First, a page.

Monday, June 26, 2017

How Governments Spur Innovation

Governments seek to create innovation within their districts to develop a more robust economy. The process of doing this can take many forms but at the root of their strategy is innovation. It is believed that innovation leads to economic growth and the employment of more people. An article in the International Journal of Innovation Science helps us understand what many governments are doing (Jacknis, 2011).

Many of the strategies governments use were based in the Industrialization Age where hard products were created. The modern age is more technological and service oriented. It is my perspective that better online collaborative communities are likely to spark that innovation at a fraction of many of the previous programs.

The methods in use service specific functions such as either sparking, transferring, or rewarding innovation. The author cites the following approaches:

Copy-write and Patent Protection: Legally protecting new developments to reward the inventor. While not cited in the article it is beneficial to reign in infringements in nations like China.

High speed Internet: Local governments are creating high speed Internet infrastructure that encourage increasing information transference.

Tax Credits: Property for relocation, sales and research tax credits.

Investments: Encouragement of investment into regional research centers, new technology and investment loans. There are some governments which invest public pension funds.

Prizes and Rewards: Offer prizes and rewards for entrepreneurs, innovators and inventors that work for the government or contract through them.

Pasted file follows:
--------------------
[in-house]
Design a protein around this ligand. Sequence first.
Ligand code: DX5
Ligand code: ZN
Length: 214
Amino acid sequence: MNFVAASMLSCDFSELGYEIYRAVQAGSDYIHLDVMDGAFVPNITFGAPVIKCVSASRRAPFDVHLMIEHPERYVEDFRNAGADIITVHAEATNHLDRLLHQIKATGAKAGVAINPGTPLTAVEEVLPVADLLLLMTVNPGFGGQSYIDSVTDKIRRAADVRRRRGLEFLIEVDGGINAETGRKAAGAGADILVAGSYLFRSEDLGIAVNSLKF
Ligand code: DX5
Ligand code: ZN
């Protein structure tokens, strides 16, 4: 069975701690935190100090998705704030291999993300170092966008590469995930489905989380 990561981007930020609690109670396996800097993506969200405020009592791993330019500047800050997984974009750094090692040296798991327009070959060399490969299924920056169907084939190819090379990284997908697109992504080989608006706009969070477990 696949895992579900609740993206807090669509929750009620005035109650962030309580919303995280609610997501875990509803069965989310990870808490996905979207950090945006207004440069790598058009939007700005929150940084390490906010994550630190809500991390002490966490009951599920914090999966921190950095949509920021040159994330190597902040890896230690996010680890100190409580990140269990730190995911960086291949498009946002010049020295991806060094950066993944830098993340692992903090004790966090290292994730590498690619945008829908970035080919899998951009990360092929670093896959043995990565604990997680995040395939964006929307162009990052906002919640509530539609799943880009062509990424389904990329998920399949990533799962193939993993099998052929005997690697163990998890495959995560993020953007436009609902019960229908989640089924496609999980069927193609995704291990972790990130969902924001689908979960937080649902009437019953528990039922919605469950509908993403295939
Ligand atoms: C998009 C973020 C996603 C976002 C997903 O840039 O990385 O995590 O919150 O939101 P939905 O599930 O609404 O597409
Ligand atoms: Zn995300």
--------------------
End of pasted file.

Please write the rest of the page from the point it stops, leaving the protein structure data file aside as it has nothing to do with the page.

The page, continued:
Knowledge Transfer: Universities that received federal funds will transfer their new technology to the private sector to encourage greater innovation.




Jaknis, N. (2011) Government's Role In Facilitating An Innovative Economy. International Journal of Innovation Science, 3 (3).

Wednesday, June 14, 2017

Branding the Downtown District Through Cultural and Functional Spaces

The downtown for small and medium towns are an important center of commercial activity but are ill-prepared to take on the challenges of a more modern global environment.  As city leaders decide the fate of the future of their towns by considering the benefits of downtown revitalization projects, it is helpful to move beyond just commerce and services to see how a downtown can also be a cultural center that creates new opportunities in business, values, and branding.

Research on medium sized towns found that it is beneficial to include cultural space in the overall efforts of revitalizing downtown districts (Pazder, 2011). Business districts should be seen through a lens of commerce and culture to help ensure they are vibrant and functional. Cultural identity becomes part of the town's heritage and can make it attractive to new businesses.

Small and medium towns should seek ways to differentiate themselves from larger cities that attract their own demographic. Small town success is rooted in its ability to offer something unique that can't be easily copied by competing areas. Connecting the business district with its historical past blends the new and the old in a way which creates a sense of deep value for residents.